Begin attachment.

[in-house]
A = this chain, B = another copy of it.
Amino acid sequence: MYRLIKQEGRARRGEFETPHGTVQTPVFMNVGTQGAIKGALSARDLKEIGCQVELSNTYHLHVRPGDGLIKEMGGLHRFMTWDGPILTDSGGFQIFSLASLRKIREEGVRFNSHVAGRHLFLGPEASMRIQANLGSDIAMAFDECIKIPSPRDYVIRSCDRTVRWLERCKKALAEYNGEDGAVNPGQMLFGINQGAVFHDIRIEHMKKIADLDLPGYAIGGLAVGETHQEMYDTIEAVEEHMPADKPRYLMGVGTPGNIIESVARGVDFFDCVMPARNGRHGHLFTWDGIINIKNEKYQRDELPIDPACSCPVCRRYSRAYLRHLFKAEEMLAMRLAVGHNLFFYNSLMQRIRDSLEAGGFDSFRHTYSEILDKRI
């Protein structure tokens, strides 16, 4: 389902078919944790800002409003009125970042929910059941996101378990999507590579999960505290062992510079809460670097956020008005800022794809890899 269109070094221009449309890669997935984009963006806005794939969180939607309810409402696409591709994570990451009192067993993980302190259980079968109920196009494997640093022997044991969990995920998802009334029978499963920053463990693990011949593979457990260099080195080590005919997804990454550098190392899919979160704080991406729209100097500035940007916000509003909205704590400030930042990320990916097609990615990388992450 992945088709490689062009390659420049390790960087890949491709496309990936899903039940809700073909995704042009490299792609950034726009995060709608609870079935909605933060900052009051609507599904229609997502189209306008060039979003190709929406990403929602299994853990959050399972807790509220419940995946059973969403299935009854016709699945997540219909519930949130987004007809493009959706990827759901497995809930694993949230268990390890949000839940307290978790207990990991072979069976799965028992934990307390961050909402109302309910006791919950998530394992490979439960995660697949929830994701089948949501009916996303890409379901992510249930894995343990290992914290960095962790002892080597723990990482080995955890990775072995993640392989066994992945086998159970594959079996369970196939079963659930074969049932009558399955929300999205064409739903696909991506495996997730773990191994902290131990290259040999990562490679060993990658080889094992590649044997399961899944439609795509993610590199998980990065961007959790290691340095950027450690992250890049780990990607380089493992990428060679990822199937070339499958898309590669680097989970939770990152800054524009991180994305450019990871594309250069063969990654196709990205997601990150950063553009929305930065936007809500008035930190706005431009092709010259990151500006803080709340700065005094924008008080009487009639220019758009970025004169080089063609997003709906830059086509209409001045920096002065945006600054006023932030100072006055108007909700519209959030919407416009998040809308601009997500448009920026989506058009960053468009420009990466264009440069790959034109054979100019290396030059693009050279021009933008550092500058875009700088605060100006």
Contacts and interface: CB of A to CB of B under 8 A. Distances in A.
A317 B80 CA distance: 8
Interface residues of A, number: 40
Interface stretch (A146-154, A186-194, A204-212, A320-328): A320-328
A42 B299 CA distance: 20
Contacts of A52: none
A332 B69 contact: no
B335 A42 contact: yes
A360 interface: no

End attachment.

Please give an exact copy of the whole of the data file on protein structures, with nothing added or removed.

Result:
[in-house]
A = this chain, B = another copy of it.
Amino acid sequence: MYRLIKQEGRARRGEFETPHGTVQTPVFMNVGTQGAIKGALSARDLKEIGCQVELSNTYHLHVRPGDGLIKEMGGLHRFMTWDGPILTDSGGFQIFSLASLRKIREEGVRFNSHVAGRHLFLGPEASMRIQANLGSDIAMAFDECIKIPSPRDYVIRSCDRTVRWLERCKKALAEYNGEDGAVNPGQMLFGINQGAVFHDIRIEHMKKIADLDLPGYAIGGLAVGETHQEMYDTIEAVEEHMPADKPRYLMGVGTPGNIIESVARGVDFFDCVMPARNGRHGHLFTWDGIINIKNEKYQRDELPIDPACSCPVCRRYSRAYLRHLFKAEEMLAMRLAVGHNLFFYNSLMQRIRDSLEAGGFDSFRHTYSEILDKRI
């Protein structure tokens, strides 16, 4: 389902078919944790800002409003009125970042929910059941996101378990999507590579999960505290062992510079809460670097956020008005800022794809890899 269109070094221009449309890669997935984009963006806005794939969180939607309810409402696409591709994570990451009192067993993980302190259980079968109920196009494997640093022997044991969990995920998802009334029978499963920053463990693990011949593979457990260099080195080590005919997804990454550098190392899919979160704080991406729209100097500035940007916000509003909205704590400030930042990320990916097609990615990388992450 992945088709490689062009390659420049390790960087890949491709496309990936899903039940809700073909995704042009490299792609950034726009995060709608609870079935909605933060900052009051609507599904229609997502189209306008060039979003190709929406990403929602299994853990959050399972807790509220419940995946059973969403299935009854016709699945997540219909519930949130987004007809493009959706990827759901497995809930694993949230268990390890949000839940307290978790207990990991072979069976799965028992934990307390961050909402109302309910006791919950998530394992490979439960995660697949929830994701089948949501009916996303890409379901992510249930894995343990290992914290960095962790002892080597723990990482080995955890990775072995993640392989066994992945086998159970594959079996369970196939079963659930074969049932009558399955929300999205064409739903696909991506495996997730773990191994902290131990290259040999990562490679060993990658080889094992590649044997399961899944439609795509993610590199998980990065961007959790290691340095950027450690992250890049780990990607380089493992990428060679990822199937070339499958898309590669680097989970939770990152800054524009991180994305450019990871594309250069063969990654196709990205997601990150950063553009929305930065936007809500008035930190706005431009092709010259990151500006803080709340700065005094924008008080009487009639220019758009970025004169080089063609997003709906830059086509209409001045920096002065945006600054006023932030100072006055108007909700519209959030919407416009998040809308601009997500448009920026989506058009960053468009420009990466264009440069790959034109054979100019290396030059693009050279021009933008550092500058875009700088605060100006």
Contacts and interface: CB of A to CB of B under 8 A. Distances in A.
A317 B80 CA distance: 8
Interface residues of A, number: 40
Interface stretch (A146-154, A186-194, A204-212, A320-328): A320-328
A42 B299 CA distance: 20
Contacts of A52: none
A332 B69 contact: no
B335 A42 contact: yes
A360 interface: no